How he grieved for her! Only the first few days did he muffle his cries. The next weeks, it became commonplace to hear Vincentís anguished roar throughout the tunnel passageways. Everyone, even the children, held silent for a moment when these plaintive calls rang out. Everyone respected the pain.
Though Vincent expressed his rage at the loss of his beloved, he seemed far away from sadness. In truth, he was afraid of it. Afraid of drowning in it, being crushed by it . . . its overpowering . . . peace.
As time went by, however, the tortured cries gave way to an even more tormented silence Ė and a social withdrawal that was far beyond Vincentís usual desire for privacy. His intense sorrow was conquering; he became a vanquished ghost whose lingering misery haunted every tunnel and chamber.
Such was his suffering that he could no longer participate in any activity he once enjoyed.
"Vincent! Where are you!?" cried Father one night when a reading group was discussing the military strategy of Julius Caesar. "You used to strike your fist against the table, pace about, and roar back at me in our debates!" Vincent had simply left the chamber and did not come again.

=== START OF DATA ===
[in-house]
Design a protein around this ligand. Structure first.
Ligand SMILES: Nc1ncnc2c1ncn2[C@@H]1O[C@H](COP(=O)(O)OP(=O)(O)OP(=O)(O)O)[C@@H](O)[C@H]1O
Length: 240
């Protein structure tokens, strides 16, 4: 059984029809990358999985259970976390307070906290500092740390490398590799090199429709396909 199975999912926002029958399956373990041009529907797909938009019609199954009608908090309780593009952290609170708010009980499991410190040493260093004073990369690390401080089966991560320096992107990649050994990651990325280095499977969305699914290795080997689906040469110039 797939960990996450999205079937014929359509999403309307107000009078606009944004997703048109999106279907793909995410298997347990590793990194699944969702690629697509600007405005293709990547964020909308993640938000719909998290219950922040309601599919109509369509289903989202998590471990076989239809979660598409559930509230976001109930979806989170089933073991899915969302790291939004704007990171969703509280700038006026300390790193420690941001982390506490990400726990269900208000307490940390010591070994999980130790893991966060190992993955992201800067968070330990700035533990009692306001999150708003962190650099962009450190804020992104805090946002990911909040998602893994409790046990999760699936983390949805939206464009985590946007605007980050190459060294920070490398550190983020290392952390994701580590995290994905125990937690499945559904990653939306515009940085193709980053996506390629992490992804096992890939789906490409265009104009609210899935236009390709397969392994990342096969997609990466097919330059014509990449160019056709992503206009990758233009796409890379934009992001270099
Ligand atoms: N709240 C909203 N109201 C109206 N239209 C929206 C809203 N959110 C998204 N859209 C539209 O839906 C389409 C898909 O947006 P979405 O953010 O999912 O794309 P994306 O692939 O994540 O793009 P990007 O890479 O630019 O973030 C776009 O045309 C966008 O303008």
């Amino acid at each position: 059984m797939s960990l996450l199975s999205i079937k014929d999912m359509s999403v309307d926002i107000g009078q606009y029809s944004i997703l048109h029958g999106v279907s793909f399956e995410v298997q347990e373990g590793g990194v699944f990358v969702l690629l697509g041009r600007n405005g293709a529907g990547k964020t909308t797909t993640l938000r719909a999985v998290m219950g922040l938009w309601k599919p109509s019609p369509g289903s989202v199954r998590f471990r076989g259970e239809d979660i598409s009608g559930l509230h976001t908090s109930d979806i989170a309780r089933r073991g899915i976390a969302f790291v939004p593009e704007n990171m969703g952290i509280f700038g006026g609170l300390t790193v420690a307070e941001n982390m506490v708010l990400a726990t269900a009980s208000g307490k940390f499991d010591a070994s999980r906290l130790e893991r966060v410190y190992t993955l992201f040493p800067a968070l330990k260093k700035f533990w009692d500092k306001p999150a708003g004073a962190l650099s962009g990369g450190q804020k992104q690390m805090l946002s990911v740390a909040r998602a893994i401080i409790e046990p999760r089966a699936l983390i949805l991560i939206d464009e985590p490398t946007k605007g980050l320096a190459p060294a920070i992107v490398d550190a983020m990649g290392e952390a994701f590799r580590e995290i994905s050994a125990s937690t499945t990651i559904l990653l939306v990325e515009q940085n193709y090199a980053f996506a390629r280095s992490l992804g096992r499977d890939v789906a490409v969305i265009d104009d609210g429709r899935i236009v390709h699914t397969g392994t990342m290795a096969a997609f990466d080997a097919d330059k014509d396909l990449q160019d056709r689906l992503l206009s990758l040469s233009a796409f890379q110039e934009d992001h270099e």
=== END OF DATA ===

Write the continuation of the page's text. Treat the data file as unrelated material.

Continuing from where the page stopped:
Maryís face was sternly set when she said, "Iím grandmother to this baby and I wonít have him denied his father!" It was Mary who set a visitation schedule for Jacob with Vincent; and it was only then that Vincent began to take some nourishment Ė and then, only immediately before his infant son was brought to him. Otherwise, he took no food or drink, and lay upon his bed all hours.
One evening, as Father made his way to Vincentís chamber for a visit, he heard Vincentís bass tones chanting something . . .
"My name is Death . . . my arms will hold you . . . when all other arms are tired . . ."
Lying on his bed, Vincent fantasized about the absence of pain he would experience after his death. Father paused in the passageway as Vincent recited the mournful quote over and over.
Father turned from the chamber, hurrying back to the pipes near the Hub where he could send the strongest message. His fears prompted a call to Peter, who visited the next day.
"Itís about Vincent, isnít it?" said Peter, when he observed Fatherís anxious expression.
"Yes! Come with me!" Father urged, tugging at Peterís sleeve and stepping into the dark corridors.